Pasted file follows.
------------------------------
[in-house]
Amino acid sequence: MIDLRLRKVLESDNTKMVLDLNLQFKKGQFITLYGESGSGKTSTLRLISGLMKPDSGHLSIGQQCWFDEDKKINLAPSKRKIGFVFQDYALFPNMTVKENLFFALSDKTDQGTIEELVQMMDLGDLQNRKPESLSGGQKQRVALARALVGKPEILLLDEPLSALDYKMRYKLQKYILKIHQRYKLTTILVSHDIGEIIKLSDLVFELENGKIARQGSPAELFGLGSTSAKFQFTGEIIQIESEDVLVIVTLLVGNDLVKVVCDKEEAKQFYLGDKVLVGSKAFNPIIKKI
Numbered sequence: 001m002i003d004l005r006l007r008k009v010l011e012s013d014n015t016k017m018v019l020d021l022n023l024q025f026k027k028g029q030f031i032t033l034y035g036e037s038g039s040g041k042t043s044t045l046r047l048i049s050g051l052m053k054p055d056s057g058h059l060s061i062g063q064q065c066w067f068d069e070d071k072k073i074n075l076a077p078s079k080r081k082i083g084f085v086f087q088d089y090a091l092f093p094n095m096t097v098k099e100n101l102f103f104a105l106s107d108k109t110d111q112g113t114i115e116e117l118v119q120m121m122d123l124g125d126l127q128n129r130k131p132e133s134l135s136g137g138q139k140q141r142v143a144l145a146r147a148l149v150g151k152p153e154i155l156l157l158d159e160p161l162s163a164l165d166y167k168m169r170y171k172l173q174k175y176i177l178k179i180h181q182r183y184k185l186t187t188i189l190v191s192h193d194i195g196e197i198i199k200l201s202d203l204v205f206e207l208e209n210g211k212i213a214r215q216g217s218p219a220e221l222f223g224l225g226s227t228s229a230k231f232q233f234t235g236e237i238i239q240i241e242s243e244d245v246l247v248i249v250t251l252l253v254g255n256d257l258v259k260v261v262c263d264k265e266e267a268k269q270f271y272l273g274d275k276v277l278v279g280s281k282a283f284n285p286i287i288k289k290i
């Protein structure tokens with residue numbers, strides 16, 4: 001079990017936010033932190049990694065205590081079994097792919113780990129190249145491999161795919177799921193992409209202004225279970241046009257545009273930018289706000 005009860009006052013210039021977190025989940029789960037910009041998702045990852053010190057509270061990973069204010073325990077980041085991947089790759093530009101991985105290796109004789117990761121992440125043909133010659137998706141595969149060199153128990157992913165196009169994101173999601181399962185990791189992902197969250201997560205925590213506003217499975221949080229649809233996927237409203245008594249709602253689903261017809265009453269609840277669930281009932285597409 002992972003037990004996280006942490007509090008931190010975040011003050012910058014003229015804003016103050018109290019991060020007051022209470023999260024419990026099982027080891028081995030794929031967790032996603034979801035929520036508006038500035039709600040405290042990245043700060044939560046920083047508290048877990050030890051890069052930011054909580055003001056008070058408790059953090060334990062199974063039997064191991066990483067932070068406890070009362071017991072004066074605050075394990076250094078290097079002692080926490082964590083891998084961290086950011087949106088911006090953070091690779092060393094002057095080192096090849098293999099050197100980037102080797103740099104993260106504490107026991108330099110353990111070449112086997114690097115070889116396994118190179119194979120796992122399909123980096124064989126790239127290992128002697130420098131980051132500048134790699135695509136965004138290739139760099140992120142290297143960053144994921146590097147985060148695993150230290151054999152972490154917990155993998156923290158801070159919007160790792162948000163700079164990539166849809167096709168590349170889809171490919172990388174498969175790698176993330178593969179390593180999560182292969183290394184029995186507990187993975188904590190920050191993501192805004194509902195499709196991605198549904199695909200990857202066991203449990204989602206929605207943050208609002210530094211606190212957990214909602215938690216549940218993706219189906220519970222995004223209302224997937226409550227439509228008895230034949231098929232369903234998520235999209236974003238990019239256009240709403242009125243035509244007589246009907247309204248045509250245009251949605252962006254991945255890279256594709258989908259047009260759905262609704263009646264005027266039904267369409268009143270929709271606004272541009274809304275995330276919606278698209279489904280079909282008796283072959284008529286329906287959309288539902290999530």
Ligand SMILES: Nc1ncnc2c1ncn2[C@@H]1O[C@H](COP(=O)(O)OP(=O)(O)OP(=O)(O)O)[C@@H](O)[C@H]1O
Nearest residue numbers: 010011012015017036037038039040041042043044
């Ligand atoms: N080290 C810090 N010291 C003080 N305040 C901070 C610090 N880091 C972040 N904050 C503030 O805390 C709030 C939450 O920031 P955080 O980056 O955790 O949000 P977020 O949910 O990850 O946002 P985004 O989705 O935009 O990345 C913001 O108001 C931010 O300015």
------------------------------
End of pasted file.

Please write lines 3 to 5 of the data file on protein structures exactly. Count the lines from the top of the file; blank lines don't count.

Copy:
Numbered sequence: 001m002i003d004l005r006l007r008k009v010l011e012s013d014n015t016k017m018v019l020d021l022n023l024q025f026k027k028g029q030f031i032t033l034y035g036e037s038g039s040g041k042t043s044t045l046r047l048i049s050g051l052m053k054p055d056s057g058h059l060s061i062g063q064q065c066w067f068d069e070d071k072k073i074n075l076a077p078s079k080r081k082i083g084f085v086f087q088d089y090a091l092f093p094n095m096t097v098k099e100n101l102f103f104a105l106s107d108k109t110d111q112g113t114i115e116e117l118v119q120m121m122d123l124g125d126l127q128n129r130k131p132e133s134l135s136g137g138q139k140q141r142v143a144l145a146r147a148l149v150g151k152p153e154i155l156l157l158d159e160p161l162s163a164l165d166y167k168m169r170y171k172l173q174k175y176i177l178k179i180h181q182r183y184k185l186t187t188i189l190v191s192h193d194i195g196e197i198i199k200l201s202d203l204v205f206e207l208e209n210g211k212i213a214r215q216g217s218p219a220e221l222f223g224l225g226s227t228s229a230k231f232q233f234t235g236e237i238i239q240i241e242s243e244d245v246l247v248i249v250t251l252l253v254g255n256d257l258v259k260v261v262c263d264k265e266e267a268k269q270f271y272l273g274d275k276v277l278v279g280s281k282a283f284n285p286i287i288k289k290i
């Protein structure tokens with residue numbers, strides 16, 4: 001079990017936010033932190049990694065205590081079994097792919113780990129190249145491999161795919177799921193992409209202004225279970241046009257545009273930018289706000 005009860009006052013210039021977190025989940029789960037910009041998702045990852053010190057509270061990973069204010073325990077980041085991947089790759093530009101991985105290796109004789117990761121992440125043909133010659137998706141595969149060199153128990157992913165196009169994101173999601181399962185990791189992902197969250201997560205925590213506003217499975221949080229649809233996927237409203245008594249709602253689903261017809265009453269609840277669930281009932285597409 002992972003037990004996280006942490007509090008931190010975040011003050012910058014003229015804003016103050018109290019991060020007051022209470023999260024419990026099982027080891028081995030794929031967790032996603034979801035929520036508006038500035039709600040405290042990245043700060044939560046920083047508290048877990050030890051890069052930011054909580055003001056008070058408790059953090060334990062199974063039997064191991066990483067932070068406890070009362071017991072004066074605050075394990076250094078290097079002692080926490082964590083891998084961290086950011087949106088911006090953070091690779092060393094002057095080192096090849098293999099050197100980037102080797103740099104993260106504490107026991108330099110353990111070449112086997114690097115070889116396994118190179119194979120796992122399909123980096124064989126790239127290992128002697130420098131980051132500048134790699135695509136965004138290739139760099140992120142290297143960053144994921146590097147985060148695993150230290151054999152972490154917990155993998156923290158801070159919007160790792162948000163700079164990539166849809167096709168590349170889809171490919172990388174498969175790698176993330178593969179390593180999560182292969183290394184029995186507990187993975188904590190920050191993501192805004194509902195499709196991605198549904199695909200990857202066991203449990204989602206929605207943050208609002210530094211606190212957990214909602215938690216549940218993706219189906220519970222995004223209302224997937226409550227439509228008895230034949231098929232369903234998520235999209236974003238990019239256009240709403242009125243035509244007589246009907247309204248045509250245009251949605252962006254991945255890279256594709258989908259047009260759905262609704263009646264005027266039904267369409268009143270929709271606004272541009274809304275995330276919606278698209279489904280079909282008796283072959284008529286329906287959309288539902290999530």
Ligand SMILES: Nc1ncnc2c1ncn2[C@@H]1O[C@H](COP(=O)(O)OP(=O)(O)OP(=O)(O)O)[C@@H](O)[C@H]1O